The Bodyguard: Singing Along Because I Love the Music. The Play Not So Much.

Jasmin Richard as Nikki Marron and Deborah Cox as Rachel Marron. Photo by Joan Marcus.
Jasmin Richardson as Nikki Marron and Deborah Cox as Rachel Marron. Photo by Joan Marcus.

I will admit that I had a smile on my face when I left the Oriental Theatre after seeing The Bodyguard.  But, while I was smiling and singing along with the great classics such as “Queen of the Night” and “Run to You,” the night felt more like a live cover concert of Whitney Houston classics than a cohesive musical. The screenplay by Alexander Dinelaris, adapted from the 1992 film, tries to somewhat modernize the details, while the direction by Thea Sharrock mimicked the specific cheesiness of the ’90s. (During one scene in particular, my theater companions and I made the comparison to the General Hospital theme in the ’90s.)   The night was just that, a mix of cheesy melodrama and impressive vocals singing the award-winning soundtrack that I know and love.

The show starts with a bang, before we are introduced to Rachel Marron (Deborah Cox), scream-inducing superstar on tour, and also in the race to win an Academy Award. Rachel needs a bodyguard as she is being stalked in creepy letters by a man who apparently doesn’t like shirts (Jorge Paniagua).  Frank Farmer (Judson Mills) is just the stoic man for the job.  While Frank inserts himself into Rachel’s life, decides where she should brunch, and makes sure her sister (Jasmin Richardson) gets home from her own gig safely, and bonds with Rachel’s son Fletcher, Rachel protests often, putting herself in danger.

As the show progresses we can see the resemblance to the film, which allows us to follow along.   The audience, especially those around me, knew the storyline already so they also knew what was coming and accepted the jumps regardless.  However, to a newcomer, the jump from bodyguard and client to a couple on a date at a karaoke bar to in bed and in love is quite the leap.  A few additional (and short scenes) could have helped the relationship develop more subtly or the transitions between the scenes in general could have been less stark with harsh moving set pieces. One successful plotline, the unraveling of Rachel’s jealous sister, Nikki Marron, who longs for attention and success like her sister’s, was due to the outstanding performance of Jasmin Richardson.  Richardson’s vocals were particularly noteworthy, leaving me wishing she had more numbers.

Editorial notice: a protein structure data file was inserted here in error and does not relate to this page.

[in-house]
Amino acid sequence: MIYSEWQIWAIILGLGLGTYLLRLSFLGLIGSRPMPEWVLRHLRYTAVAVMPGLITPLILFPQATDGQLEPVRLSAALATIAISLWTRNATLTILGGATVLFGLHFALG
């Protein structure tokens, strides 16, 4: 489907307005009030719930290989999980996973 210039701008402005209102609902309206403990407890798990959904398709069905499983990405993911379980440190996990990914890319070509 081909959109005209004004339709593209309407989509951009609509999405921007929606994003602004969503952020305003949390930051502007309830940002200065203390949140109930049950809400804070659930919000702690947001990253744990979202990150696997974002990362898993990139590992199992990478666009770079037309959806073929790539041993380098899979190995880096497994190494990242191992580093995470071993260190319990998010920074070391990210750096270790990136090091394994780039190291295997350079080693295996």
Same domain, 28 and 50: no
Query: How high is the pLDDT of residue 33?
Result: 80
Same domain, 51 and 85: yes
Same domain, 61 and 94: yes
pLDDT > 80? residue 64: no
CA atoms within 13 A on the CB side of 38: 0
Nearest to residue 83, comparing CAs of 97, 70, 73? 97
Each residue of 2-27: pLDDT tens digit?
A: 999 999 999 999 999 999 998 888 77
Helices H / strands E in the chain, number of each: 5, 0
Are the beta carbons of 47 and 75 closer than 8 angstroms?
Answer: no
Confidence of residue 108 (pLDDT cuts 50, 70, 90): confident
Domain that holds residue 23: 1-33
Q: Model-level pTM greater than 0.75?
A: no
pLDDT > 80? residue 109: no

In fact, the musical numbers themselves are the perfect reason to go to this show.  No surprise that Grammy® Award-nominee, Deborah Cox, had no trouble belting out the songs of the soundtrack made famous by Whitney Houston. She didn’t try to mimic Houston, but does a great job paying tribute with songs like “How Will I Know” and “I Have Nothing.” Her rendition of “I Will Always Love You” had the audience erupting with applause and cheers.  The music and the laughs leave you smiling at the very end. And trust me, stay to the very end.

The Bodyguard is at the Oriental Theatre, 24 W. Randolph St., and ends its short run in Chicago on Sunday, February 12. Buy tickets here.

Kristen Urchell
Kristen Urchell